Simple Postgresql Database Connections with Python

By Jon Saints - 15 Oct 2014


I’ve spent some time using the method that I outlined below and found some problems with it. I now have a new prefered way of querying postgres from python and getting results as a dictionary. You should use the new way in most cases.

Here are the problems with the previous method:

  1. The previous method requires sqlalchemy which is a large dependency
  2. The previous method was using a sqlalchemy connection pool and leaving connections open too long. This was a problem when I tried to us this code in background worker tasks that needed to control when connections are closed (so they could open a connection, read some data, disconnect, run a calculation for a while, then re-connect and write back to the database). Leaving the connections open in a pool in sqlalchemy on a large set of workers was consuming all the available connections to the databse.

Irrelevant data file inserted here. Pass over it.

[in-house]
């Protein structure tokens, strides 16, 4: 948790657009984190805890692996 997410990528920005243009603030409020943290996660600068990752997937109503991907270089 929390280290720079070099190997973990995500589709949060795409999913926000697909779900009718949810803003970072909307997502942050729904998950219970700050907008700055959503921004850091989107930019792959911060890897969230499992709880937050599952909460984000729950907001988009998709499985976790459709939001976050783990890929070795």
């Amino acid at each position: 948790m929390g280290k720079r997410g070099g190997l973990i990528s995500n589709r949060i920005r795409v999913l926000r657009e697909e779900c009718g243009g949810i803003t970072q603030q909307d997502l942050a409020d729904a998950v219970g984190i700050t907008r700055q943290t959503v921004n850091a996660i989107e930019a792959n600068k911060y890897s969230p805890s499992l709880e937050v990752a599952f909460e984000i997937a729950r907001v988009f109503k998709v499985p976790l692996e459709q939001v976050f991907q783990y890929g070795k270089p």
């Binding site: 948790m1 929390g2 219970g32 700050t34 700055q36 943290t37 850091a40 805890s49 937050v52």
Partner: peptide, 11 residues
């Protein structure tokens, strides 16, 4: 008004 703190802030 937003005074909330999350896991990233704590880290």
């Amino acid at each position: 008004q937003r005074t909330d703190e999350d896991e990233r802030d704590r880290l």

My new suggestion is to use psycopg2 and the with statement to ensure that connections are efficient and handled properly by garbage collection when they are no longer in use.

See also the psycopg2 list of Best Practices:

There is also a dictcursor which will give you results as python dictionaries:

OUTDATED: The ideas below are out of date… see above

Deep in the SQLAlchemy docs, I found this gem: a simple way of querying a database from Python that returns query results as a python dictionary.

First, setup a virtualenv for your project and install SQLAlchemy and psycopg2

cd my_app
virtualenv venv
. venv/bin/activate
pip install SQlAlchemy
pip install psycopg2

Now, with just a few lines you can run queries from your python scripts. Results are returned as python dictionaries:

from sqlalchemy import create_engine
engine = create_engine('postgresql://scott:tiger@localhost/mydatabase')

result = engine.execute("select * from users where fname=%s", ('Jon',) )
for row in result:
    print "username:", row['username']
    print "email:", row['email']
    print "First Name:", row['fname']

There are a few advantages to doing things this way:

  1. Easier syntax than the raw psycopg2 driver
  2. Uses SQLAlchemy connection pooling by default
  3. It appears that SQLAlchemy does the right thing and closes connections if an exception is thrown or the script exits successfully.

Note: To install psycopg2 on my Mac I had to first install and set my PATH in .bash_profile to PATH="/Applications/$PATH"

Note: If you are on Ubuntu you will need to sudo apt-get install libpq-dev python-dev before running pip install psycopg2

Discussion & Comments

comments powered by Disqus